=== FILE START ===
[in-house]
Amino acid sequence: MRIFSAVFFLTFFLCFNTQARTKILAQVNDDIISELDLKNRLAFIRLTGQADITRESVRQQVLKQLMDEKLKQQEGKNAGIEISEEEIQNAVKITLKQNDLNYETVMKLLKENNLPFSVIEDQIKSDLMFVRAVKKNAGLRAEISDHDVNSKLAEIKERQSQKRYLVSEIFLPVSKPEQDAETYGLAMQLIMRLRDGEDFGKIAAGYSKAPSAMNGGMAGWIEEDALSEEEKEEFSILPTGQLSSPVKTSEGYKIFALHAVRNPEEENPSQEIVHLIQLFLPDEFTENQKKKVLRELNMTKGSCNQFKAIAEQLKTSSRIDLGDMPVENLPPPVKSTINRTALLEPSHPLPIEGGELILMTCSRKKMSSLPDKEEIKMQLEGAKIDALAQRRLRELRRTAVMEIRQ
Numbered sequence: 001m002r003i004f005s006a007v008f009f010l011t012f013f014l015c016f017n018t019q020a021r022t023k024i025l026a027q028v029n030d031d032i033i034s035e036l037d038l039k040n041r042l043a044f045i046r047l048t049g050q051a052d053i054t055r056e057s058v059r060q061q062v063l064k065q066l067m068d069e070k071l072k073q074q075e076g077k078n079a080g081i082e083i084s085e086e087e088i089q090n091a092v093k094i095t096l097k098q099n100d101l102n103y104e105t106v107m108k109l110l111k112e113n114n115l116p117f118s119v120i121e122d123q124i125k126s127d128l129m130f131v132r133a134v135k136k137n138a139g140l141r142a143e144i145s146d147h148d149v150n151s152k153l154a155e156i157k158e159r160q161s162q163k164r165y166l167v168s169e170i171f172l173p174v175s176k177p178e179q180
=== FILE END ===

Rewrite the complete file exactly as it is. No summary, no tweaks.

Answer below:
[in-house]
Amino acid sequence: MRIFSAVFFLTFFLCFNTQARTKILAQVNDDIISELDLKNRLAFIRLTGQADITRESVRQQVLKQLMDEKLKQQEGKNAGIEISEEEIQNAVKITLKQNDLNYETVMKLLKENNLPFSVIEDQIKSDLMFVRAVKKNAGLRAEISDHDVNSKLAEIKERQSQKRYLVSEIFLPVSKPEQDAETYGLAMQLIMRLRDGEDFGKIAAGYSKAPSAMNGGMAGWIEEDALSEEEKEEFSILPTGQLSSPVKTSEGYKIFALHAVRNPEEENPSQEIVHLIQLFLPDEFTENQKKKVLRELNMTKGSCNQFKAIAEQLKTSSRIDLGDMPVENLPPPVKSTINRTALLEPSHPLPIEGGELILMTCSRKKMSSLPDKEEIKMQLEGAKIDALAQRRLRELRRTAVMEIRQ
Numbered sequence: 001m002r003i004f005s006a007v008f009f010l011t012f013f014l015c016f017n018t019q020a021r022t023k024i025l026a027q028v029n030d031d032i033i034s035e036l037d038l039k040n041r042l043a044f045i046r047l048t049g050q051a052d053i054t055r056e057s058v059r060q061q062v063l064k065q066l067m068d069e070k071l072k073q074q075e076g077k078n079a080g081i082e083i084s085e086e087e088i089q090n091a092v093k094i095t096l097k098q099n100d101l102n103y104e105t106v107m108k109l110l111k112e113n114n115l116p117f118s119v120i121e122d123q124i125k126s127d128l129m130f131v132r133a134v135k136k137n138a139g140l141r142a143e144i145s146d147h148d149v150n151s152k153l154a155e156i157k158e159r160q161s162q163k164r165y166l167v168s169e170i171f172l173p174v175s176k177p178e179q180